7



Interim Financial Statements
The accompanying unaudited condensed consolidated financial statements have been prepared in accordance with accounting principles generally accepted in the United States of America (U.S. GAAP) for interim information, and with the instructions to Form 10-Q and Rule 10-01 of Regulation S-X of the Securities and Exchange Commission (SEC). Accordingly, they do not include all of the information and notes required by U.S. GAAP for annual financial statements. In our opinion, the interim financial statements reflect all normal adjustments that are necessary to provide a fair presentation of the financial results for the interim periods presented. Operating results for interim periods are not necessarily indicative of results that may be expected for an entire fiscal year. The condensed consolidated balance sheet as of September 30, 2016 has been derived from the audited consolidated financial statements as of such date as adjusted for discontinued operations. See Note 3 - Discontinued Operations for additional information. For a more complete understanding of our business, financial position, operating results, cash flows, risk factors and other matters, please refer to our Annual Report on Form 10-K for the fiscal year ended September 30, 2016.

NOTE 2.
Recent Accounting Pronouncements

There have been no recent accounting pronouncements or changes in accounting pronouncements that are of significance, or of potential significance, to us other than those discussed below:
In November 2016, the Financial Accounting Standards Board (“FASB”) issued Accounting Standards Update (“ASU”) 2016-18, Statement of Cash Flows (Topic 230): Restricted Cash (ASU 2016-18), which provides amendments to current guidance to address the classification and presentation of changes in restricted cash or restricted cash equivalents. Specifically, there is no guidance to address how to classify and present changes in restricted cash or restricted cash equivalents that occur when there are transfers between cash, cash equivalents and restricted cash or restricted cash equivalents and when there are direct cash receipts into restricted cash or restricted cash equivalents. The new guidance is effective for annual periods beginning after December 15, 2017 and interim periods within those annual periods. The new standard will be effective for our fiscal year beginning October 1, 2018 and early adoption is permitted. We are currently evaluating the impact of this accounting standard update on our Consolidated Financial Statements.
In March 2016, the FASB issued ASU 2016-09, Compensation-Stock Compensation (Topic 718): Improvements to Employee Share-Based Payment Accounting. ASU 2016-09 introduces targeted amendments intended to simplify the accounting for stock compensation. Specifically, the ASU requires all excess tax benefits and tax deficiencies (including tax benefits of dividends on share-based payment awards) to be recognized as income tax expense or benefit in the consolidated statement of operations and comprehensive income. The new guidance is effective for annual periods beginning after December 15, 2016, and interim periods within those annual periods. The new standard will be effective for our fiscal year beginning October 1, 2017 and early adoption is permitted. We are currently evaluating the impact of this accounting standard update on our Consolidated Financial Statements.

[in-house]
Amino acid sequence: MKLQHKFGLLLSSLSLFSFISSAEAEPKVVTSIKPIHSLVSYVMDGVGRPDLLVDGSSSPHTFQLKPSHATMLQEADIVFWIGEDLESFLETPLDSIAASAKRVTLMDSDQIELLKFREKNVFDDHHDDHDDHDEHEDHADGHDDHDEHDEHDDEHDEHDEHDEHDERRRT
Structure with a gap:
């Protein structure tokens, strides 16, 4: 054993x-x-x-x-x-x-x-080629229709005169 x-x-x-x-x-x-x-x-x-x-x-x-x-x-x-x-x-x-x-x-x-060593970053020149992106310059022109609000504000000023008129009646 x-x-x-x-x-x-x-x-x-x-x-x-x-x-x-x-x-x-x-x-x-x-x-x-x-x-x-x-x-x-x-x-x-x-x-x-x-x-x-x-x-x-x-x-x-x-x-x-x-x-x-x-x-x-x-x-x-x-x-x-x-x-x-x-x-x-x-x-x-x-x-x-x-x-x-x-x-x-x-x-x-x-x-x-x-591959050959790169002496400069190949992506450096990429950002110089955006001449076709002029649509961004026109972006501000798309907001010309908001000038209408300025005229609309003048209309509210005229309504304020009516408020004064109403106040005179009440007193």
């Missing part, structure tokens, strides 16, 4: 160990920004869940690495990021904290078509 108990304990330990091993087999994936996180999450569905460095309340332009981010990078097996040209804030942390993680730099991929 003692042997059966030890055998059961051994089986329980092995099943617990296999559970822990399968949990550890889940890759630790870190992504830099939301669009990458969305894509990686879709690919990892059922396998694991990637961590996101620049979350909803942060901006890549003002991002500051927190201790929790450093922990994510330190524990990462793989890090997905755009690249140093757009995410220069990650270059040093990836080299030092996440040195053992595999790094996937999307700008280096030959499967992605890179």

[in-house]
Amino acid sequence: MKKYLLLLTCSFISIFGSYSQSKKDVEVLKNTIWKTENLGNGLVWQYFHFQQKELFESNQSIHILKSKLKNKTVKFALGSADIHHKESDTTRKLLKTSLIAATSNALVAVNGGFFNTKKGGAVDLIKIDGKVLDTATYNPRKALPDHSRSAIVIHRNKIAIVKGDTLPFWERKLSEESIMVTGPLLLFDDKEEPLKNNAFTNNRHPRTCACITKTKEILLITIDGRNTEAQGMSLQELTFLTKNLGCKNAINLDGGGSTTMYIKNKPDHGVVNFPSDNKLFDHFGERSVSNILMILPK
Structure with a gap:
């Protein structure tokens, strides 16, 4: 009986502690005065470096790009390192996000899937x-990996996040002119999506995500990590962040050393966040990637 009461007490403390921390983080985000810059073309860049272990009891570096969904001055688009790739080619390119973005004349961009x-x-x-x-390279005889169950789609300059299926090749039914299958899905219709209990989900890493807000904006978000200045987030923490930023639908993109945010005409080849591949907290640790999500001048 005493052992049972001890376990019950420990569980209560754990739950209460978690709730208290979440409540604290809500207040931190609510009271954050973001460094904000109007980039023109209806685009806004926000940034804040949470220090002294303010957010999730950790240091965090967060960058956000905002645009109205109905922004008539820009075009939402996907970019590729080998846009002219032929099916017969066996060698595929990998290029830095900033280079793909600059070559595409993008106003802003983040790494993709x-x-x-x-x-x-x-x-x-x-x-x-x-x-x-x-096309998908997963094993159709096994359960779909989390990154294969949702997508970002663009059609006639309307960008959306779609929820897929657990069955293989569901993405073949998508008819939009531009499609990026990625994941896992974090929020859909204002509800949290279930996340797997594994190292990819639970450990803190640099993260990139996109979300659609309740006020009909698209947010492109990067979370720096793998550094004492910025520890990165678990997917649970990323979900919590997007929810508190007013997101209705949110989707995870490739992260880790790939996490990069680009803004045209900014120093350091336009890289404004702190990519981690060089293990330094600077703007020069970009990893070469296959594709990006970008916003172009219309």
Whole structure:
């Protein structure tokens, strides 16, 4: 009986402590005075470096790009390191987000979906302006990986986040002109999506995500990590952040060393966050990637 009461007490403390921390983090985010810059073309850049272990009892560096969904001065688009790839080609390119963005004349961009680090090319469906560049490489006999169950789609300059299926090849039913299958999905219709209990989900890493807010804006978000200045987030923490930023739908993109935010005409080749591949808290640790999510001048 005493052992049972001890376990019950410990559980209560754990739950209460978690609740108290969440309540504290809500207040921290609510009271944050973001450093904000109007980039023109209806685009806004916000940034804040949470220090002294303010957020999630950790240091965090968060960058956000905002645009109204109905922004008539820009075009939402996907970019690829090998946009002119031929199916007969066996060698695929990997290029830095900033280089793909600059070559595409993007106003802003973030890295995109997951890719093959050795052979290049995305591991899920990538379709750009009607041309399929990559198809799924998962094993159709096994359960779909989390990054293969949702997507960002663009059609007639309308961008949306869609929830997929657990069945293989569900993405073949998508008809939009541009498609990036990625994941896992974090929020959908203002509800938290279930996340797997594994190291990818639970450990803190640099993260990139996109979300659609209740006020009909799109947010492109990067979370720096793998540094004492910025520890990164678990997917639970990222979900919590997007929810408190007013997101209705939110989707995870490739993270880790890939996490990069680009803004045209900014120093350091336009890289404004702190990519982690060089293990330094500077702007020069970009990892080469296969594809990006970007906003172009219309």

In February 2016, the FASB issued ASU 2016-02, Leases (Topic 842) . ASU 2016-02 introduces a lessee model that requires recognition of assets and liabilities arising from qualified leases on the consolidated balance sheets and disclosure of qualitative and quantitative information about lease transactions. This guidance is effective for fiscal years beginning after December 15, 2018 and interim periods within those years. The new standard will be effective for our fiscal year beginning October 1, 2019 and early adoption is permitted. We are currently evaluating the impact of this accounting standard update on our Consolidated Financial Statements.
In August 2016, the FASB issued ASU 2016-15, Statement of Cash Flows (Topic 230) : Classification of Certain Cash Receipts and Cash Payments , which clarifies how companies present and classify certain cash receipts and cash payments in the statement of cash flows. This guidance is effective for fiscal years beginning after December 15, 2017. The new standard will be effective for our fiscal year beginning October 1, 2018 and earlier adoption is permitted. We are currently evaluating the impact of this accounting standard update on our Consolidated Financial Statements.
In July 2015, the FASB issued ASU 2015-11, Inventory (Topic 330): Simplifying the Measurement of Inventory . This standard requires inventory to be measured at the lower of cost and net realizable value. The guidance clarifies that net realizable value is the estimated selling price in the ordinary course of business, less reasonably predictable costs of completion, disposal and transportation. This guidance is effective for fiscal years beginning after December 15, 2016 and interim periods within those fiscal years. The new standard will be effective for our fiscal year beginning October

8


1, 2017 and early adoption is permitted. We are currently evaluating the impact of this accounting standard update on our Consolidated Financial Statements.